While these tools do manage to grant you a slight advantage in terms of diversity, they don’t make the game easy by any means. Sekiro is hard—bollocks hard. Bosses will turn a confident player with full health and gusto into a coward desperately trying to heal between an oppressive flurry of rampant attacks. Sekiro’s bushido-style combat emphasises the use of dodging and deflecting attacks rather than a simple block. Instead of conserving stamina and playing defensively, Sekiro always puts you on the offensive.
Not limited by stamina, fights instead have you focus on your posture to keep your guard strong throughout the constant back-and-forth battles. Having your guard broken during a standoff leads to extreme consequences, usually involving a sizable chunk of your health bar. Occasionally, you’ll see special moves, signposted by the colour red, which cannot be blocked—they’re devastating. You’ve always got to be on your toes.
Even the most basic enemies can kill you if you aren’t attentive enough. Certain enemies require the use of consumable items to overcome, but your resources are limited. Sekiro stretches you to your most extreme, to your most desperate. It’ll kick you in the teeth until you have nothing left and then dare you to come back. But you always do, less fortunate in terms of items, but powerful in terms of knowledge. You’ll come back, you’ll always come back.
It’s hard to stay away for long; with gameplay this tight and combat this satisfying, it’s the video game equivalent of an aspartame addiction. Throwing yourself at a boss ten, twenty or even thirty times in a row doesn’t feel like a chore, it feels like a challenge, and the feeling of overcoming that challenge is always worth it. With a staggering amount of replayability added in for good measure, the challenge may keep you hooked for years.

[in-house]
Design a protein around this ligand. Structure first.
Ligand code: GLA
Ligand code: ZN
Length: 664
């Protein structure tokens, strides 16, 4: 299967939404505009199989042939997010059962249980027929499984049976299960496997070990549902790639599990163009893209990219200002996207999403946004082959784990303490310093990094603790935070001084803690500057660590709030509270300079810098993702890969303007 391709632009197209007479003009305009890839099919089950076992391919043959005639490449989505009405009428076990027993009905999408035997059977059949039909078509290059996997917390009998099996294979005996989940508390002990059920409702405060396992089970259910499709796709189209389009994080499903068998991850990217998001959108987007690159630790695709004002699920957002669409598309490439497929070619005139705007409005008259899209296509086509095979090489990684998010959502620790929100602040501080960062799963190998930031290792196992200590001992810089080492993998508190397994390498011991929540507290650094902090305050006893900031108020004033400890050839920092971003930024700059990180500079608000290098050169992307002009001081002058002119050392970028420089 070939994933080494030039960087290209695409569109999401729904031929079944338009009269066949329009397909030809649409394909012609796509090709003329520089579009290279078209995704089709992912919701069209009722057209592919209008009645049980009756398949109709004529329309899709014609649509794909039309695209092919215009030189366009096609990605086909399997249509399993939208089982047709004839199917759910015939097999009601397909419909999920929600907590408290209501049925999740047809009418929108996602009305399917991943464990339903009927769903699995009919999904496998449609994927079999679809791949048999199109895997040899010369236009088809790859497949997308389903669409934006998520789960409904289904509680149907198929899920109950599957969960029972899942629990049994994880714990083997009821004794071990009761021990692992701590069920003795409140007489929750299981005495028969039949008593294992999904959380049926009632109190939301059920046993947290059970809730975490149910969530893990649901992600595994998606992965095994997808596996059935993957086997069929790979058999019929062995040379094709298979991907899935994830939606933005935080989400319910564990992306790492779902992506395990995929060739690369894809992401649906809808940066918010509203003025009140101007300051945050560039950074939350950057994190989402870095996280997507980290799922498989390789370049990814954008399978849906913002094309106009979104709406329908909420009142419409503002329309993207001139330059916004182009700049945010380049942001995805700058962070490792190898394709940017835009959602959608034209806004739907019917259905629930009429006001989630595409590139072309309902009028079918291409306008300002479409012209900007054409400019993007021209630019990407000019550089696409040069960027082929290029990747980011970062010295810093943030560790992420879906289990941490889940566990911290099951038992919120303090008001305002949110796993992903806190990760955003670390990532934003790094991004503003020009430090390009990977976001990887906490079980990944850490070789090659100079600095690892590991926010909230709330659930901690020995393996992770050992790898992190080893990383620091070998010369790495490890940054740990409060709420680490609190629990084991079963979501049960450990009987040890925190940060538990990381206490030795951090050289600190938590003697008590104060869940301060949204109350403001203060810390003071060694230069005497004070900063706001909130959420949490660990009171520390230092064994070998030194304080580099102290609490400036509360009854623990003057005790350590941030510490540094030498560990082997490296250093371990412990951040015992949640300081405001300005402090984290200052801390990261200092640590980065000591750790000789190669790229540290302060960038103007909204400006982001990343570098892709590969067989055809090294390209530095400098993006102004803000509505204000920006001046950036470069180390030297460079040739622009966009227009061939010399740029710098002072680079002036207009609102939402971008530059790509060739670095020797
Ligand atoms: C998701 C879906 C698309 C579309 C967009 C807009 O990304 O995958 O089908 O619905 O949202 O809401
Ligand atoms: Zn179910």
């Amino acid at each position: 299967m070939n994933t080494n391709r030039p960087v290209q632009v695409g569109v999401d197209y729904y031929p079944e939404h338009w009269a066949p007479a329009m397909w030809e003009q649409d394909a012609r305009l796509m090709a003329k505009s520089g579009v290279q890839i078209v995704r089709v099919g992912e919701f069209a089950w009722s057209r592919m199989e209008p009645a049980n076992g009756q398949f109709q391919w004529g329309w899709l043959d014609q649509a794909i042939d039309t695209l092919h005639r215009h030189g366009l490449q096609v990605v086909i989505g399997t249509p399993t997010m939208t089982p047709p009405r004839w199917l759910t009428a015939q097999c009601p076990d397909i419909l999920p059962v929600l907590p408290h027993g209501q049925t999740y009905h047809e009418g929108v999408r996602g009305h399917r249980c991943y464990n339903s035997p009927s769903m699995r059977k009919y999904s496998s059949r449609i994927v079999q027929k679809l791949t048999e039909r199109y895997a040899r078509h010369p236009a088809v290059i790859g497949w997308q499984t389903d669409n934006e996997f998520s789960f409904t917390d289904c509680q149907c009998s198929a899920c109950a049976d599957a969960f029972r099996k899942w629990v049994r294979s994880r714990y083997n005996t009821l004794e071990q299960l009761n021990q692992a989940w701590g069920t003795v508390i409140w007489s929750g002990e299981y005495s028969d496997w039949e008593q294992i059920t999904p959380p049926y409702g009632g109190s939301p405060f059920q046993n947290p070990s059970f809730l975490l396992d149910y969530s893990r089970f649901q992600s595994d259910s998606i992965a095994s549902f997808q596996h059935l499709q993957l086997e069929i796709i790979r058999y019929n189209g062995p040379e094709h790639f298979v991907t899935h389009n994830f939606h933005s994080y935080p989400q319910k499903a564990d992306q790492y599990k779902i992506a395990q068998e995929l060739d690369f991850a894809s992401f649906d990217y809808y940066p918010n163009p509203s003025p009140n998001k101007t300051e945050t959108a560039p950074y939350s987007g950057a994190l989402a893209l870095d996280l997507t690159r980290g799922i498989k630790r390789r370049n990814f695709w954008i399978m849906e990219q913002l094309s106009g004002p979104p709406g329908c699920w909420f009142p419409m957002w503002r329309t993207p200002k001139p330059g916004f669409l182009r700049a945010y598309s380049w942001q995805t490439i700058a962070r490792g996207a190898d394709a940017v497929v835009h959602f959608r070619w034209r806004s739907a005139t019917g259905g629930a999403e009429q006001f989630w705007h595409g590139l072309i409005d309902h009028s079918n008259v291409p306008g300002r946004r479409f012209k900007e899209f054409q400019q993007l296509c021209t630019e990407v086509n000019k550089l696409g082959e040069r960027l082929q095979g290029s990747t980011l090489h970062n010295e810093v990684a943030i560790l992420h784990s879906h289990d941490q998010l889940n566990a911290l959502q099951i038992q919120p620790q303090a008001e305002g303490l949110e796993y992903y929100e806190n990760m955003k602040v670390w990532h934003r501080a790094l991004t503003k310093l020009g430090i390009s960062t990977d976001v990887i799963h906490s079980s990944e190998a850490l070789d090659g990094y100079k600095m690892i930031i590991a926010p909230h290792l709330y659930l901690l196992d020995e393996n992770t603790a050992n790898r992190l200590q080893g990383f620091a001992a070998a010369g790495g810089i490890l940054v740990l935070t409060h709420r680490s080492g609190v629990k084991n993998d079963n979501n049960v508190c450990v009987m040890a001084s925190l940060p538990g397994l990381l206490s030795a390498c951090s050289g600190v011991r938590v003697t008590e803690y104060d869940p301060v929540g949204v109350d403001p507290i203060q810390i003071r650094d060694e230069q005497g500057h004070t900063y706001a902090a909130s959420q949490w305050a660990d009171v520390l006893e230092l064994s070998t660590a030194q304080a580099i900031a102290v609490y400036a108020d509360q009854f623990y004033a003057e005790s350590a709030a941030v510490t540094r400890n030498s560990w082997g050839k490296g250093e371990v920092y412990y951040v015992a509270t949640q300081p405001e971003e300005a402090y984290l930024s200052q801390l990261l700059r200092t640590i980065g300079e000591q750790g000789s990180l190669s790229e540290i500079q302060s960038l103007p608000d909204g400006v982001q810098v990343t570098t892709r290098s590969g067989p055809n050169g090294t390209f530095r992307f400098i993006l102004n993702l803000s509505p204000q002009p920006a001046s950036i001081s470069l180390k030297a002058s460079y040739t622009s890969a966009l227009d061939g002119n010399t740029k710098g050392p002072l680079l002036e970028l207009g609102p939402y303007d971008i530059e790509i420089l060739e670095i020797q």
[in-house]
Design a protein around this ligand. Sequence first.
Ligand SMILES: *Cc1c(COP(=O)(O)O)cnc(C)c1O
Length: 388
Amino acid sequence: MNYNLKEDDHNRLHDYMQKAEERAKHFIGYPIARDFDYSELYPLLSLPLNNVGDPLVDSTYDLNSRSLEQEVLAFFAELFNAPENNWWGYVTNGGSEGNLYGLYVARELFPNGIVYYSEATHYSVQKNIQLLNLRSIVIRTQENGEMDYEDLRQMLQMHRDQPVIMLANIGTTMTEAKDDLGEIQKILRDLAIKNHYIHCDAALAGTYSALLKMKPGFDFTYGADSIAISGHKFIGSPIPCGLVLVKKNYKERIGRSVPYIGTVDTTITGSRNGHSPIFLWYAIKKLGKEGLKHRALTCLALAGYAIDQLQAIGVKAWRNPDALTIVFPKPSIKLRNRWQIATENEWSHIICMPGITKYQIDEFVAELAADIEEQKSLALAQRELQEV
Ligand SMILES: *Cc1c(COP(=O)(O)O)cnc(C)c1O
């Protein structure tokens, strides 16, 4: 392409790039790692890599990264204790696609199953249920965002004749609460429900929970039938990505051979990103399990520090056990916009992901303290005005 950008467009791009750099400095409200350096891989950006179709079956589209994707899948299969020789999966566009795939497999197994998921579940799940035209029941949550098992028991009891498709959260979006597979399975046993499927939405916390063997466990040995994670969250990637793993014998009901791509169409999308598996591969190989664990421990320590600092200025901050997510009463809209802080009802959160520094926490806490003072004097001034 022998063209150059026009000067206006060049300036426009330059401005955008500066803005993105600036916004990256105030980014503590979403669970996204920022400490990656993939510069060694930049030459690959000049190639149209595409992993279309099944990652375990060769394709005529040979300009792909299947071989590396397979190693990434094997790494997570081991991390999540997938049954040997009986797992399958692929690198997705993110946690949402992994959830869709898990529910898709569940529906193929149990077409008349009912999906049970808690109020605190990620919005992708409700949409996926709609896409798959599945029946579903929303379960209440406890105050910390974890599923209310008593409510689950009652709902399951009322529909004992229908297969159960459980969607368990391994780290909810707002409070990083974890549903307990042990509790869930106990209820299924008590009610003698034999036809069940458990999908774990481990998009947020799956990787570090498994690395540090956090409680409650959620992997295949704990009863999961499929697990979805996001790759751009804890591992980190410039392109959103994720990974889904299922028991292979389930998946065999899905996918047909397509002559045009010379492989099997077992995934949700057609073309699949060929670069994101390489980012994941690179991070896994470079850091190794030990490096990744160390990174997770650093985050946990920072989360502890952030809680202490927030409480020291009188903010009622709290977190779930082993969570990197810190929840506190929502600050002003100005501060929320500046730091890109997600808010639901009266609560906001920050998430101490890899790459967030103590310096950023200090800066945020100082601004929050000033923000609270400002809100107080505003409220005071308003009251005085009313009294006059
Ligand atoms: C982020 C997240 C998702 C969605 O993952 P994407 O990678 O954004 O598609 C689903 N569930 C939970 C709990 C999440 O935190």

All of this is aided by the astounding interpretation of Sengoku Japan. While initially the worry of From Software creating an easy “Dark Souls in Japan” environment was creeping in my mind, Sekiro smashes them away immediately. Its world is surrounded by character and its zone variety is greater than any game that From Software has done before.
However, while the general architecture and aesthetic is drop-dead-gorgeous, it’s the details in the scenery that truly sell it. Snow falling and collecting on tiled roofs, moths gathering around open flames, plumes of smoke spiralling into the sky from a mountainside bonfire. Paired with a carefully composed authentic Japanese soundtrack composed of traditional Japanese instruments and this version of feudal Japan may be the best interpretation we’ll ever see in a video game.
Sekiro is a game that somehow exceeds the already lofty expectations set by Dark Souls and Bloodborne before it. It’s From Software evolved, a Soulsborne that feels polished beyond anything we’ve seen before. It’s something you shouldn’t miss, despite the game’s now notorious difficulty. Hardships are worth overcoming here. After all, do you really want to miss what could be the best game released this year?